Series: Game 4 of 4

New York won 3-1

Game 1: Thursday, September 5
Detroit 3Final
New York 9
Game 2: Friday, September 6
Detroit 1Final
New York 8
Game 3: Saturday, September 7
Detroit 2Final
New York 1
Game 4: Sunday, September 8
Detroit 4Final
New York 6

Tigers 4

(52-91, 21-51 away)

Yankees 6

(89-53, 45-25 home)

    1:05 PM ET, September 8, 2002

    Yankee Stadium, Bronx, New York 

    123456789 R H E
    DET 000300001 4 - -
    NYY 00201003 - 6 - -

    W: M. Stanton (7-1)

    L: O. Henriquez (1-1)

    S: S. Karsay (10)

    Yankees ride slumping White's three-run homer

    NEW YORK (AP) -- Rondell White had been waiting a long time for a hit this big.

    Rondell White

    The slumping White hit a tiebreaking, three-run homer in the eighth inning and the New York Yankees beat the Detroit Tigers 6-4 Sunday, cutting their magic number for clinching the AL East to 12.

    After Tigers rookie Andy Van Hekken evenly dueled Roger Clemens into the late innings, White won it with a two-out shot. White began the game in a 1-for-26 rut, but homered off Oscar Henriquez (1-1) and took a curtain call.

    ''My whole goal now is getting things right for the playoffs,'' said White, who also had an early single. ''Get my swing together.''

    Nagged by injuries for most of the season, the former star outfielder was hitting only .192 with runners in scoring position before launching his 13th home run.

    Before the game, manager Joe Torre said he still wasn't sure who would play left field in the postseason. White started at DH while rookie Juan Rivera was in left.

    ''It was huge for him,'' Torre said. ''The game is about mental. The physical part usually follows it. That was something that he's going to enjoy the off day with.''

    Mike Stanton (7-1) got the win and Steve Karsay got two outs for his 10th save. Coupled with Boston's 9-4 loss to Toronto, the Yankees moved closer to winning their fifth straight division title.

    Van Hekken made a major splash last Tuesday against Cleveland, becoming the first Tigers pitcher to throw a shutout in his big league debut since Schoolboy Rowe in 1933.

    The lean left-hander, who grew up in Michigan rooting for Clemens, did a nice job of keeping the Yankees off-balance with soft stuff. Although he allowed three runs on homers by Jason Giambi and Derek Jeter, only one of the runs was earned.

    Van Hekken struck out two and walked one in six innings. He was pulled after 94 pitches.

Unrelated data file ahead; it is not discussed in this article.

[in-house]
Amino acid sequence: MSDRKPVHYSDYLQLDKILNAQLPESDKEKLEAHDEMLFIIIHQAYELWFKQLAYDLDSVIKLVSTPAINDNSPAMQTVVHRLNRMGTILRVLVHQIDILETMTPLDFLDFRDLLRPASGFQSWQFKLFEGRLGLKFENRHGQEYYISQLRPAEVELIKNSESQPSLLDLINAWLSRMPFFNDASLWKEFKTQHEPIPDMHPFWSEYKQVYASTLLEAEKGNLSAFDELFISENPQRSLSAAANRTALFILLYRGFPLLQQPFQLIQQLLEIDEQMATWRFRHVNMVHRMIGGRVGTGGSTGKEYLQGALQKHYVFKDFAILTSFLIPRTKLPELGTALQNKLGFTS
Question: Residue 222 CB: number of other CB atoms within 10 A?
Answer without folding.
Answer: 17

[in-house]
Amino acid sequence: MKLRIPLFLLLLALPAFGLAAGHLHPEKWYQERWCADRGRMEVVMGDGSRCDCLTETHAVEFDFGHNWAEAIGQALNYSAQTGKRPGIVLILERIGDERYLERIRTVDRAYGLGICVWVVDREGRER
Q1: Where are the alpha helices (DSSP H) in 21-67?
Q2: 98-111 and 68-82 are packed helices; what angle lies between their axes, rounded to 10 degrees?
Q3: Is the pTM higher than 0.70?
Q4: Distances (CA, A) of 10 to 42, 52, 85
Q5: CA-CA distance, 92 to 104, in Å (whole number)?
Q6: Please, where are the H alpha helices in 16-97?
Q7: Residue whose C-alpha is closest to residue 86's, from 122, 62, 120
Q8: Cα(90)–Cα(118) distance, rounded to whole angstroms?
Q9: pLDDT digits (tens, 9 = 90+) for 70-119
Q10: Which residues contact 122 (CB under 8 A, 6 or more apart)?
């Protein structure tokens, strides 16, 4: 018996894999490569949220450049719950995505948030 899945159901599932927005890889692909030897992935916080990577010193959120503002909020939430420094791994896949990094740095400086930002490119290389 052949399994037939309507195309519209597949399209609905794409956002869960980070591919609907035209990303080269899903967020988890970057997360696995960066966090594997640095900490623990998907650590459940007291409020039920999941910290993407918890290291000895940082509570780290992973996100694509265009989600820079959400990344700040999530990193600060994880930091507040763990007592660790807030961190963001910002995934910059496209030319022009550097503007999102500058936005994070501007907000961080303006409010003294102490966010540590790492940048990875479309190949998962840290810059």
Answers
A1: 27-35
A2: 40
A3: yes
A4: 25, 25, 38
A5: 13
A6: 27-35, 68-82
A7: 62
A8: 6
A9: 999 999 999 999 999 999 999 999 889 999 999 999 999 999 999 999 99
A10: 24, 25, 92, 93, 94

''Playing here, in this environment, against these guys, I had a lot of fun,'' the soft-spoken 23-year-old said. ''I thought I did good.''

    He didn't even get intimidated facing his boyhood idol in baseball's most famous park.

    ''I thought I might get a little nervous. But once I got out there and saw the guys, I got into the flow.'' he said.

    Van Hekken's parents were among the crowd of 39,302. His father, Dave, caught the early action with a camcorder, pumped his fist when Ron Coomer struck out and banged his thigh when Giambi's drive cleared the fence.

    ''They thought I did well,'' he said.

    Clemens, seeking his 293rd career victory, went seven innings and wound up with a no-decision. He got a little piece of history, though -- he tied the Yankees record by throwing three wild pitches in an inning.

    Giambi hit his 36th homer in the third. The two-run shot accounted for the first two runs allowed in the majors by Van Hekken -- both were unearned, though, because of a throwing error by shortstop Omar Infante.

    Jeter hit a drive over the left-center wall in the fifth for his 17th home run, tying it at 3.

    The Tigers scored three times in a bizarre fourth. Damion Easley led off with a double and moved up on a wild pitch before Bobby Higginson and Robert Fick singled.

    With one out and runners on first and second, Eric Munson hit a little looper that Jeter caught on the run in front of second base. Jeter's toss to shortstop Alfonso Soriano appeared to trap Higginson off second, but umpire Bill Miller called him safe.

    Soriano, however, thought he had completed an inning-ending double play and rolled the ball to the mound and the Yankees started to run off the field. Higginson and Fick then took off and easily advanced to an unoccupied base. After a lengthy discussion involving both managers and all the umpires, it was ruled that time had been called and the runners were sent back.

    ''Then that inning got really weird. I was off the field,'' Clemens said.

    But Clemens threw two more wild pitches, scoring Higginson, and Chris Truby hit an RBI double for a 3-2 lead.

    Yankees rookie Juan Rivera made a diving catch in left field to preserve the tie in the top of the seventh. He doubled to start the bottom half and moved up on Soriano's first sacrifice bunt of the season, but was stranded.

    Game notes

    Yankees LHP David Wells, with a bruise on his forehead, expects to make his next start Thursday night against Baltimore. Wells was punched in the head and lost two teeth after being attacked in a diner early Saturday. ... Hall of Fame announcer Ernie Harwell threw out the first ball. At 84, the Tigers broadcaster will retire this season after 55 years of calling baseball games.

    Copyright by STATS LLC and The Associated Press